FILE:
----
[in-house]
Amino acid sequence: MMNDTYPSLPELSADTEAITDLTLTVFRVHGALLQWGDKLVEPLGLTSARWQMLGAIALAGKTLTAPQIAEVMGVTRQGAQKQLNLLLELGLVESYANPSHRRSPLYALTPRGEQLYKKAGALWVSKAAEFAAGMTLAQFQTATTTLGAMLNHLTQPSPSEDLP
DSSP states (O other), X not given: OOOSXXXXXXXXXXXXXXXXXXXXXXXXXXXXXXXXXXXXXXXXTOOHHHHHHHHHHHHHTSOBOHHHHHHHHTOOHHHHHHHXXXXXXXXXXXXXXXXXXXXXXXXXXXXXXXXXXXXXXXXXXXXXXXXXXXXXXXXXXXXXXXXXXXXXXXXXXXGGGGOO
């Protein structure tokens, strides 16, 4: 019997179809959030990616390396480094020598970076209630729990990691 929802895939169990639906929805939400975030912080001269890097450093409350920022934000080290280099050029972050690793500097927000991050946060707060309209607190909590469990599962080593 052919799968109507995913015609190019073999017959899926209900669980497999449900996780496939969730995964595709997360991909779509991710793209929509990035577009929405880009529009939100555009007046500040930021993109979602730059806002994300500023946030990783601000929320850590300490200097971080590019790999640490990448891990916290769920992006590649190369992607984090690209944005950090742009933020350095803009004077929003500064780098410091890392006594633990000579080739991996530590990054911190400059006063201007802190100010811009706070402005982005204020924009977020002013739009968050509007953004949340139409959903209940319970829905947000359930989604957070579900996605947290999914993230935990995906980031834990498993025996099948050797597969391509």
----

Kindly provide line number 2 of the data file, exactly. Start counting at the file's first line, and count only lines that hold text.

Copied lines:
Amino acid sequence: MMNDTYPSLPELSADTEAITDLTLTVFRVHGALLQWGDKLVEPLGLTSARWQMLGAIALAGKTLTAPQIAEVMGVTRQGAQKQLNLLLELGLVESYANPSHRRSPLYALTPRGEQLYKKAGALWVSKAAEFAAGMTLAQFQTATTTLGAMLNHLTQPSPSEDLP